RBP is a community-based initiative helping young menstruators across the UK to access period care. Each community project is run by volunteers. Here we tell you all about the project and chat with Beth Gault, coordinator of the RBP Tower Hamlets.
The Red Box Project was started up by 3 friends in 2017. It started with a mission to ensure no young person misses school as a result of not being able to access period care products. Now, The Red Box Project operates in communities across the UK with each project being run by passionate volunteers.
Helping those who cannot afford period products
Each project relies on donations. These are then taken to schools in the community. Each school has a box, so products are easy to access when needed. For young people who cannot access products, this box is a game-changer. It ensures everyone can menstruate with dignity.
Meet the Volunteer
The Red Box Project has a fantastic story and mission. But what drives this every day is the support of the volunteers who run the community-based projects. Here, we caught up with Beth from The Red Box Project in Tower Hamlets to chat about period poverty and her work in this community:
Tell us a little bit about yourself…
I’m Beth, a journalist and mum to eight-month-old Ruby. Her full name is Zerubbabel Hope. This always gets strange looks, but we love it. We chose it because we wanted something unique and meaningful that had a bit of character – hopefully she won’t hate us for it!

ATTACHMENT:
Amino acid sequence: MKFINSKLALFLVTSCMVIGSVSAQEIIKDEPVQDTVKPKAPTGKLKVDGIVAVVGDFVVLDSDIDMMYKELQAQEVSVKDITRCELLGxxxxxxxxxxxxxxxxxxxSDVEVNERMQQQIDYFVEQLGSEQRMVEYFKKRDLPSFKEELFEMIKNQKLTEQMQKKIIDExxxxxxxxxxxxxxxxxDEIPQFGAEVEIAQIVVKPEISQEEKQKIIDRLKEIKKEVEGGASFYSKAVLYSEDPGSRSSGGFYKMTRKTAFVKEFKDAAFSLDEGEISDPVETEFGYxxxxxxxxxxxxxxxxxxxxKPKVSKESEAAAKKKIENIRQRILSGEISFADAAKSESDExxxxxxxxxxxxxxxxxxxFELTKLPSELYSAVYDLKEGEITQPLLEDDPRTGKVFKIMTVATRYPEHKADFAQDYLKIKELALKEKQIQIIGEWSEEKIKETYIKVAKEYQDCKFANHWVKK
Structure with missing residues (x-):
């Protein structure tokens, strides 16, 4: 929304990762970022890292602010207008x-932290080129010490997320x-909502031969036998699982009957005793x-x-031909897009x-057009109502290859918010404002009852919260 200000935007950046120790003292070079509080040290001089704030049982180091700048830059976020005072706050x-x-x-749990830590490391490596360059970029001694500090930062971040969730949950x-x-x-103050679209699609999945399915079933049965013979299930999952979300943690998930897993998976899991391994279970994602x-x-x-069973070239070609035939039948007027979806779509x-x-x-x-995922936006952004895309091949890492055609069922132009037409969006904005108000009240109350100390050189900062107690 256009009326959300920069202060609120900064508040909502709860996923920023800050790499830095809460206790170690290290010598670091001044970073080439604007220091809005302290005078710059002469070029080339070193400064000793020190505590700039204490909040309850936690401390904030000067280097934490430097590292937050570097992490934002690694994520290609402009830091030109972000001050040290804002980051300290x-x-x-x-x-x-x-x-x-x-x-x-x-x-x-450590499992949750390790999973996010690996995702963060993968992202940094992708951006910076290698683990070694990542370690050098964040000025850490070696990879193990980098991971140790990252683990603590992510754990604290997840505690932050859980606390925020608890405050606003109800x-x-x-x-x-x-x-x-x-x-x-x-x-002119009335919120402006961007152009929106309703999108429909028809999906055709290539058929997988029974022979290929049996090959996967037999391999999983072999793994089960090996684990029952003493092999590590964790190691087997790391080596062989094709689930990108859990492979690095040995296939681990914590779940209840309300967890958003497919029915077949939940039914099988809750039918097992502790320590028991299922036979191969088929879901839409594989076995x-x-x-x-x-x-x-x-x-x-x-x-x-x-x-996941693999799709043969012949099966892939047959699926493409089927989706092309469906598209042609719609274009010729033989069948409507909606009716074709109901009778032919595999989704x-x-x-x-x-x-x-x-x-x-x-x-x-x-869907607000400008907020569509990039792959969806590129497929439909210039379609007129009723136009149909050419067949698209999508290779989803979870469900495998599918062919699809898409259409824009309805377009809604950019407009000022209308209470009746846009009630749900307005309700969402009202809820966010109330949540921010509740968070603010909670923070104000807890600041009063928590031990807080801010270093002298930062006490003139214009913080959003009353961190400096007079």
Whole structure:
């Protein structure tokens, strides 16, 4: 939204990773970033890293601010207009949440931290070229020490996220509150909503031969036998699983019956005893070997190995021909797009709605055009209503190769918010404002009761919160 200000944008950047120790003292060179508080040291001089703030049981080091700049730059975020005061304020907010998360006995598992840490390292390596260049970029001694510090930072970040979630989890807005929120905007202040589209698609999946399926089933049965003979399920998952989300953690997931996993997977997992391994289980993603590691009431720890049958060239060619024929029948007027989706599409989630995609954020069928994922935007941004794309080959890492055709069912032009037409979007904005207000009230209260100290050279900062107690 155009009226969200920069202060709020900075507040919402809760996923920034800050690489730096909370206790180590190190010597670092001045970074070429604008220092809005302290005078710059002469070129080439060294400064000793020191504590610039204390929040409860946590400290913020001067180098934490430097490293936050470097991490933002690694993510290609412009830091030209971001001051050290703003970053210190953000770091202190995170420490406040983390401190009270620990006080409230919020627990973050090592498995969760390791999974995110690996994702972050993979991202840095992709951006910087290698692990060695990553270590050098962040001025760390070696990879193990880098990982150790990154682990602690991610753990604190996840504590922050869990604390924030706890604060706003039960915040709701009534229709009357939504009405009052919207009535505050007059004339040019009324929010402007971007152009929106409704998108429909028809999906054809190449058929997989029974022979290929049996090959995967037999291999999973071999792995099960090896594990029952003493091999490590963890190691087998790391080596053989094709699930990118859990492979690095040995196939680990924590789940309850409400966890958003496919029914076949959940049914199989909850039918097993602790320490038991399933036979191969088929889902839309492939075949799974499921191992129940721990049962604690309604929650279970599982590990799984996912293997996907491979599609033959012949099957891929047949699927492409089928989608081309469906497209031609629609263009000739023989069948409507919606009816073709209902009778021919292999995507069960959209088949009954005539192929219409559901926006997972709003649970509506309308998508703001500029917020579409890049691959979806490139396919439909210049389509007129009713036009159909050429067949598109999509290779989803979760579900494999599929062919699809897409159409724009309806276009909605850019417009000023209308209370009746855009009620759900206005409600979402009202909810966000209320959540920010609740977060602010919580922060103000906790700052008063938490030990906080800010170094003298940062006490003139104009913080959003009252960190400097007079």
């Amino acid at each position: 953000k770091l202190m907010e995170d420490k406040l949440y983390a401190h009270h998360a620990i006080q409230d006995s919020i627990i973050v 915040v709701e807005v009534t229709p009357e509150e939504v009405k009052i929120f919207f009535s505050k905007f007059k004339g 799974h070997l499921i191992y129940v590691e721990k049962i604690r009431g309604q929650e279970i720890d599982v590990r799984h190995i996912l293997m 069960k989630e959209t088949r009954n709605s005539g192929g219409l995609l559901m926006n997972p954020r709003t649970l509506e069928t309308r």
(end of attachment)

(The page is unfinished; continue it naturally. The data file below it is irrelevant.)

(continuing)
I’m currently on maternity leave, but my day job is in journalism, which basically gives me an excuse to be nosy. I was born in Oxfordshire, but I’ve lived in Tower Hamlets for eight years. I love the community here, as well as the pretty canals and parks. It also doesn’t take long to get into central London, which is great. In April this year, I set up the Tower Hamlets branch of the The Red Box Project, which is a scheme tackling period poverty.
What is The Red Box Project?
The Red Box Project is a community-based initiative. It aims to support young women throughout their period by providing free sanitary products in schools. Essentially, the project exists to try and ensure no girl misses out on education because she can’t afford sanitary care.
There’s a group of coordinators who all run projects in their own area. I coordinate the Tower Hamlets project which is just getting started.
Each project puts boxes in schools for girls to access and tops it up with donations from the community as and when they’re needed. The nationwide project now has over 400 boxes in schools across the country, which is a huge achievement.
What problem are girls facing when it comes to accessing period care?
17% of women and girls aged 16 to 24 in London have experienced period poverty, according to research by City Hall. 30% said they had to change to a less suitable sanitary product due to cost, and 14% of them have had to improvise due to not being able to afford a pad or a tampon.
We know that schools do all they can to provide products in case of emergencies. But sometimes girls need help beyond emergencies. At The Red Box Project, we want to make sure girls who need help are covered throughout their whole period, and we are working with schools to make that happen.
What motivated you to get involved with RBP?